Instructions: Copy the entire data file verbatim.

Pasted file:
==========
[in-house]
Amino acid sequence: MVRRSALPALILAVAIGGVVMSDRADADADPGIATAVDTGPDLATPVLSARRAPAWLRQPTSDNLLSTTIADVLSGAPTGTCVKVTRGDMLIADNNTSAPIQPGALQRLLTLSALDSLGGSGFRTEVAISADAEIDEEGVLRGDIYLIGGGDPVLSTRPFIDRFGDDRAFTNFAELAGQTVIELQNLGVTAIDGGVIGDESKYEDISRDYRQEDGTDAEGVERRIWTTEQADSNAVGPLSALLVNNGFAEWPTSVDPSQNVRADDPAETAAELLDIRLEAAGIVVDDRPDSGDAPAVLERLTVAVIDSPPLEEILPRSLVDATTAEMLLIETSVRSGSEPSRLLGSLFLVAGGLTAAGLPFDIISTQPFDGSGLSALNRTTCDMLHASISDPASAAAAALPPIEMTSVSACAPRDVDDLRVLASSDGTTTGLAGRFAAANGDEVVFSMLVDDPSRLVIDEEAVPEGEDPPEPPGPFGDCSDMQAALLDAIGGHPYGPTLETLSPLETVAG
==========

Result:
[in-house]
Amino acid sequence: MVRRSALPALILAVAIGGVVMSDRADADADPGIATAVDTGPDLATPVLSARRAPAWLRQPTSDNLLSTTIADVLSGAPTGTCVKVTRGDMLIADNNTSAPIQPGALQRLLTLSALDSLGGSGFRTEVAISADAEIDEEGVLRGDIYLIGGGDPVLSTRPFIDRFGDDRAFTNFAELAGQTVIELQNLGVTAIDGGVIGDESKYEDISRDYRQEDGTDAEGVERRIWTTEQADSNAVGPLSALLVNNGFAEWPTSVDPSQNVRADDPAETAAELLDIRLEAAGIVVDDRPDSGDAPAVLERLTVAVIDSPPLEEILPRSLVDATTAEMLLIETSVRSGSEPSRLLGSLFLVAGGLTAAGLPFDIISTQPFDGSGLSALNRTTCDMLHASISDPASAAAAALPPIEMTSVSACAPRDVDDLRVLASSDGTTTGLAGRFAAANGDEVVFSMLVDDPSRLVIDEEAVPEGEDPPEPPGPFGDCSDMQAALLDAIGGHPYGPTLETLSPLETVAG